“I have worked with so many filmmakers on quite a number of productions from my home studio here in Austria. In 2018, a production that I did music for was nominated for an Oscar award. That production, entitled Batu Wote (All of us) was a joint production between a German and a Kenyan production company. Unfortunately, the Oscar was won by another production that had been nominated at the same time.”

“I was also involved in the production of a song that was featured in a South African production called Mia and the White Lion. These are some of the many projects I have worked on. In my career, I have learnt a lot of things that have shaped the Vusa Mkhaya brand as it has come to be known worldwide. One of the key lessons that artists, upcoming and seasoned ones alike, need to know is that there is a time when one has to clearly distinguish between what they can and what they cannot do. Once you are clear about what you can and what you can’t do, you are able to bring on board those that can do those things that you cannot do and you have to appreciate and embrace them as they are able to contribute towards the success that you yearn for without taking the glory from you. Team work is important in the music business,” he says.

Mkhaya also recently took to Twitter to share some wise and insightful advice to talented and upcoming musicians who would also like to make it outside Zimbabwe;

Up Close with Austria-based Music Giant, Vusa Mkhaya Asante Afrika

Interviewed by “City Man” Nkululeko Sibanda

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Art

Art of the Ordinary – Contemporary Art

How is contemporary art made? What is its cultural value? Where is it displayed?

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Art of the Ordinary - Contemporary Art Asante Afrika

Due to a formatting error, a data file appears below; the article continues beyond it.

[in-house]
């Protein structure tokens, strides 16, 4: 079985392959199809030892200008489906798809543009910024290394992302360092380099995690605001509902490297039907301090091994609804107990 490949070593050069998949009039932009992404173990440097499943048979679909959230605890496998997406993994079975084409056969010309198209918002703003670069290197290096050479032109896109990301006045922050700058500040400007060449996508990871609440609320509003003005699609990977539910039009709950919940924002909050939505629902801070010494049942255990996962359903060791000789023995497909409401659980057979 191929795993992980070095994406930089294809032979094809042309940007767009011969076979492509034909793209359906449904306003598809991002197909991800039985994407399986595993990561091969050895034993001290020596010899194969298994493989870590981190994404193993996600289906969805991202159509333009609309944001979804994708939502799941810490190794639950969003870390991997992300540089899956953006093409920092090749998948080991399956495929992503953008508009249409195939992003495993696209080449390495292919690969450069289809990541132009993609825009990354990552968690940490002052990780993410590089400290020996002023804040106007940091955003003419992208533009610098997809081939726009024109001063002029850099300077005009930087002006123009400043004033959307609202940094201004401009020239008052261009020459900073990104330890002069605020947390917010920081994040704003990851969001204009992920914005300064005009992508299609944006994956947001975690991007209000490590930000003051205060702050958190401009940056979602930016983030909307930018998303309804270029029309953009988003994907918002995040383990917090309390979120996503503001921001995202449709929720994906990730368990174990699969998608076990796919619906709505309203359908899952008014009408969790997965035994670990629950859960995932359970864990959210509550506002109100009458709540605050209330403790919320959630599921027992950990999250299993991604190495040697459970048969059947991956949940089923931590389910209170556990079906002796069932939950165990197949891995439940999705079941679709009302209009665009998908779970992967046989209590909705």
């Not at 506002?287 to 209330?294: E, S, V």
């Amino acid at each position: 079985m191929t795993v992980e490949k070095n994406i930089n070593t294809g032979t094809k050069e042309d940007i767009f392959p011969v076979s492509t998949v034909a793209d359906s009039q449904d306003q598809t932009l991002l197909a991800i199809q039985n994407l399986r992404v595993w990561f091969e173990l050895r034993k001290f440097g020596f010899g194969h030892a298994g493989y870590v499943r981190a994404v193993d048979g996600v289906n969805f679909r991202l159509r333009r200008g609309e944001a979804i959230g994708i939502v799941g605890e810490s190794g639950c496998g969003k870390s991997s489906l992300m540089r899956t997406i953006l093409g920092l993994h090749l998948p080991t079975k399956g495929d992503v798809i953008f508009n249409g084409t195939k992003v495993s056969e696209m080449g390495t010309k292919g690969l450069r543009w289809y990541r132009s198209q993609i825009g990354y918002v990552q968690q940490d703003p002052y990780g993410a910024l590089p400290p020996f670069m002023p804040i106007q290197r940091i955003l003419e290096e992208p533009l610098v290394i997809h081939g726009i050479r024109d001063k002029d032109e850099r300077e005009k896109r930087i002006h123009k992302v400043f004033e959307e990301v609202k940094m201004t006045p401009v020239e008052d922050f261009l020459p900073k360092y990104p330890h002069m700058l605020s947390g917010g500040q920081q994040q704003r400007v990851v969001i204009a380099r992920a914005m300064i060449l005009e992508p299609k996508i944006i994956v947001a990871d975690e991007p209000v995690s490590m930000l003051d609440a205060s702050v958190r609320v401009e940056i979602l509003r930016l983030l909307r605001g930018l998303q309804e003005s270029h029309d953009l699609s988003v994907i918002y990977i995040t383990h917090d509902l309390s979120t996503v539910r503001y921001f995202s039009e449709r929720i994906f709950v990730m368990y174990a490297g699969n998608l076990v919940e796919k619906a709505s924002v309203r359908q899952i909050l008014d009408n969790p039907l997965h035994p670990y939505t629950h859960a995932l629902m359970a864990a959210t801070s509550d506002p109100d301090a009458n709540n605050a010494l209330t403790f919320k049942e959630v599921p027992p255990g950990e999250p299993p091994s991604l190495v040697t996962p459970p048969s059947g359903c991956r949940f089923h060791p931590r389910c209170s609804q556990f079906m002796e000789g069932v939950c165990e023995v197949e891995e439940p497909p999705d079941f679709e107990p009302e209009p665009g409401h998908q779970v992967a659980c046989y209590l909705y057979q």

Art of the Ordinary - Contemporary Art
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by Ntuthuko Mpofu

I was not one of those people who understood the art industry and its policies, but I really wanted to involve myself in the art world; I felt there was a lot I could do there. I had no clue where to start, but I knew I had to learn. My solution to understanding or discovering the beauty of art was to walk into an art gallery or museum. I explored by visiting my local Art Gallery for the first time. It was a defining moment – my first contemporary art experience, as I was pushing myself towards boundaries.

It may sound a little counter-intuitive, but do bear with me; I was left with no choice but to do some research during my exhibition experience. I read the artist’s biography and the artist’s statement. I can’t recall the artist’s name, but I remember that he was a contemporary artist based in Moscow. What is contemporary art? Is there any economic or financial generation? How does it differ from the art of the previous generation, how can I approach it? How is contemporary art made? What is its cultural value? Where is it displayed? “In galleries of course…” after getting the clue. How does an individual begin to make it relevant in our own lives and experiences? Who then makes contemporary art? Kudzanai Chiurai, Gareth Nyandoro, Richard Mudariki, Portia Zvavahera, Rashid Jogee, Bukhosi Nyathi and Israel Israel. These are some of the artists whose work I have managed to interact with.